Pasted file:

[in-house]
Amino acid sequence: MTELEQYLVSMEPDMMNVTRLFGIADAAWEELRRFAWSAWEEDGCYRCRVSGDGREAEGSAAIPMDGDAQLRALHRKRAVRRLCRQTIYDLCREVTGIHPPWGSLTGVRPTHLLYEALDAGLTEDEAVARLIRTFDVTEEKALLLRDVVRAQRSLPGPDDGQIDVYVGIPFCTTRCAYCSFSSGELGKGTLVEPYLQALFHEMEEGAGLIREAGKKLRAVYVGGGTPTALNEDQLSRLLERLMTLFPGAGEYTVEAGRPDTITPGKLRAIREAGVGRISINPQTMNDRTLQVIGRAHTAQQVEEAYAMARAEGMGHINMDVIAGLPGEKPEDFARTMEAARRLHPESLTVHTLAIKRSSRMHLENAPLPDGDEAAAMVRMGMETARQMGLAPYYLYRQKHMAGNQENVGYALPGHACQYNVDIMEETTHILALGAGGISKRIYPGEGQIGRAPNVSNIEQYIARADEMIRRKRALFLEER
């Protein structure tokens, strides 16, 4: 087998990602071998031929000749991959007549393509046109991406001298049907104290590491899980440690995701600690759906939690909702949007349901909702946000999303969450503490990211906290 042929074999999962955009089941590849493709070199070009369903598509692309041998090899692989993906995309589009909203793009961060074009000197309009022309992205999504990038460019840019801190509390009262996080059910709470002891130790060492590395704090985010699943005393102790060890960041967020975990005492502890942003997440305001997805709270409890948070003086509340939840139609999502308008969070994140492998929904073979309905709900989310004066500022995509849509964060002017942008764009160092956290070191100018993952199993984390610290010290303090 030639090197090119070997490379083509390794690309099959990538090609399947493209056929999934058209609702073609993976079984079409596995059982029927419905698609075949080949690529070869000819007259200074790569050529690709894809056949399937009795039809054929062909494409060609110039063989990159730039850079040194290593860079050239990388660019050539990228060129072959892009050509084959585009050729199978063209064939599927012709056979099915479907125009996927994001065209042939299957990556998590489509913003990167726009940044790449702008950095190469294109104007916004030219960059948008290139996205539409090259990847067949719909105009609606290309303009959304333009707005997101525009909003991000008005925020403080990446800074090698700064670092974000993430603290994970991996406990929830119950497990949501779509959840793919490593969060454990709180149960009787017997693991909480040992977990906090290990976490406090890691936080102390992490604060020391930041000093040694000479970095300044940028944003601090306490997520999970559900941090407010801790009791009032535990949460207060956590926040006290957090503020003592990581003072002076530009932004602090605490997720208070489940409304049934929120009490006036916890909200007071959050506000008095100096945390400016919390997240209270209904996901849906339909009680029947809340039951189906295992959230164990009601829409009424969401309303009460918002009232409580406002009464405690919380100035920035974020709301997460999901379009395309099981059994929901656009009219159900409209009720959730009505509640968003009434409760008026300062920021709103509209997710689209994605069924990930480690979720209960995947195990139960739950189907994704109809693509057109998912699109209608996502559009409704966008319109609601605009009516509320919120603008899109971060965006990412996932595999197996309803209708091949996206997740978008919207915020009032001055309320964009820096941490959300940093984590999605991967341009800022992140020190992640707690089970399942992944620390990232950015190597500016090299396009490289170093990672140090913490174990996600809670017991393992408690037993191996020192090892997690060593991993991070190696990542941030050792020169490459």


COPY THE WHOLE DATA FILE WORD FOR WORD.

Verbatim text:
[in-house]
Amino acid sequence: MTELEQYLVSMEPDMMNVTRLFGIADAAWEELRRFAWSAWEEDGCYRCRVSGDGREAEGSAAIPMDGDAQLRALHRKRAVRRLCRQTIYDLCREVTGIHPPWGSLTGVRPTHLLYEALDAGLTEDEAVARLIRTFDVTEEKALLLRDVVRAQRSLPGPDDGQIDVYVGIPFCTTRCAYCSFSSGELGKGTLVEPYLQALFHEMEEGAGLIREAGKKLRAVYVGGGTPTALNEDQLSRLLERLMTLFPGAGEYTVEAGRPDTITPGKLRAIREAGVGRISINPQTMNDRTLQVIGRAHTAQQVEEAYAMARAEGMGHINMDVIAGLPGEKPEDFARTMEAARRLHPESLTVHTLAIKRSSRMHLENAPLPDGDEAAAMVRMGMETARQMGLAPYYLYRQKHMAGNQENVGYALPGHACQYNVDIMEETTHILALGAGGISKRIYPGEGQIGRAPNVSNIEQYIARADEMIRRKRALFLEER
């Protein structure tokens, strides 16, 4: 087998990602071998031929000749991959007549393509046109991406001298049907104290590491899980440690995701600690759906939690909702949007349901909702946000999303969450503490990211906290 042929074999999962955009089941590849493709070199070009369903598509692309041998090899692989993906995309589009909203793009961060074009000197309009022309992205999504990038460019840019801190509390009262996080059910709470002891130790060492590395704090985010699943005393102790060890960041967020975990005492502890942003997440305001997805709270409890948070003086509340939840139609999502308008969070994140492998929904073979309905709900989310004066500022995509849509964060002017942008764009160092956290070191100018993952199993984390610290010290303090 030639090197090119070997490379083509390794690309099959990538090609399947493209056929999934058209609702073609993976079984079409596995059982029927419905698609075949080949690529070869000819007259200074790569050529690709894809056949399937009795039809054929062909494409060609110039063989990159730039850079040194290593860079050239990388660019050539990228060129072959892009050509084959585009050729199978063209064939599927012709056979099915479907125009996927994001065209042939299957990556998590489509913003990167726009940044790449702008950095190469294109104007916004030219960059948008290139996205539409090259990847067949719909105009609606290309303009959304333009707005997101525009909003991000008005925020403080990446800074090698700064670092974000993430603290994970991996406990929830119950497990949501779509959840793919490593969060454990709180149960009787017997693991909480040992977990906090290990976490406090890691936080102390992490604060020391930041000093040694000479970095300044940028944003601090306490997520999970559900941090407010801790009791009032535990949460207060956590926040006290957090503020003592990581003072002076530009932004602090605490997720208070489940409304049934929120009490006036916890909200007071959050506000008095100096945390400016919390997240209270209904996901849906339909009680029947809340039951189906295992959230164990009601829409009424969401309303009460918002009232409580406002009464405690919380100035920035974020709301997460999901379009395309099981059994929901656009009219159900409209009720959730009505509640968003009434409760008026300062920021709103509209997710689209994605069924990930480690979720209960995947195990139960739950189907994704109809693509057109998912699109209608996502559009409704966008319109609601605009009516509320919120603008899109971060965006990412996932595999197996309803209708091949996206997740978008919207915020009032001055309320964009820096941490959300940093984590999605991967341009800022992140020190992640707690089970399942992944620390990232950015190597500016090299396009490289170093990672140090913490174990996600809670017991393992408690037993191996020192090892997690060593991993991070190696990542941030050792020169490459």